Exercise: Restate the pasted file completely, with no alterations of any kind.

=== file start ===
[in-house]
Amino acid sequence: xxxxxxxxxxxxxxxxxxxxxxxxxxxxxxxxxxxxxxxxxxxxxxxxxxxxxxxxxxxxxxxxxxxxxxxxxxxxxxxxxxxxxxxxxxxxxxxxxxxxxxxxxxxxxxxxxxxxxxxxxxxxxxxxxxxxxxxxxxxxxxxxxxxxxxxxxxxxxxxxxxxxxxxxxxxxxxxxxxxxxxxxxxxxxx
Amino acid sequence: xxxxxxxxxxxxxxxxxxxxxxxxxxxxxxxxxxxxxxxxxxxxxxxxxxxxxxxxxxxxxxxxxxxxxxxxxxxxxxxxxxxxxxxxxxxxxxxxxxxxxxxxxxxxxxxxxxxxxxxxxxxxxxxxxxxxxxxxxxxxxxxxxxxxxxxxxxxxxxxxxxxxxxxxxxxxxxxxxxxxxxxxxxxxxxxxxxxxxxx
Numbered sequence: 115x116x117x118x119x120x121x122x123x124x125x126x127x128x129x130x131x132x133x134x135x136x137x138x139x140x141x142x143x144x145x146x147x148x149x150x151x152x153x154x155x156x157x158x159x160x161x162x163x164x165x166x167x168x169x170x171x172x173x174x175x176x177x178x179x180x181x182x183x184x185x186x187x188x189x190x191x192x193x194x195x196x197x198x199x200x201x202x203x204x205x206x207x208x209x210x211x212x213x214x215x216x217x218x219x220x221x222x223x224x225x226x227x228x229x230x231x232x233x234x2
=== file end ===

[in-house]
Amino acid sequence: xxxxxxxxxxxxxxxxxxxxxxxxxxxxxxxxxxxxxxxxxxxxxxxxxxxxxxxxxxxxxxxxxxxxxxxxxxxxxxxxxxxxxxxxxxxxxxxxxxxxxxxxxxxxxxxxxxxxxxxxxxxxxxxxxxxxxxxxxxxxxxxxxxxxxxxxxxxxxxxxxxxxxxxxxxxxxxxxxxxxxxxxxxxxxx
Amino acid sequence: xxxxxxxxxxxxxxxxxxxxxxxxxxxxxxxxxxxxxxxxxxxxxxxxxxxxxxxxxxxxxxxxxxxxxxxxxxxxxxxxxxxxxxxxxxxxxxxxxxxxxxxxxxxxxxxxxxxxxxxxxxxxxxxxxxxxxxxxxxxxxxxxxxxxxxxxxxxxxxxxxxxxxxxxxxxxxxxxxxxxxxxxxxxxxxxxxxxxxxx
Numbered sequence: 115x116x117x118x119x120x121x122x123x124x125x126x127x128x129x130x131x132x133x134x135x136x137x138x139x140x141x142x143x144x145x146x147x148x149x150x151x152x153x154x155x156x157x158x159x160x161x162x163x164x165x166x167x168x169x170x171x172x173x174x175x176x177x178x179x180x181x182x183x184x185x186x187x188x189x190x191x192x193x194x195x196x197x198x199x200x201x202x203x204x205x206x207x208x209x210x211x212x213x214x215x216x217x218x219x220x221x222x223x224x225x226x227x228x229x230x231x232x233x234x2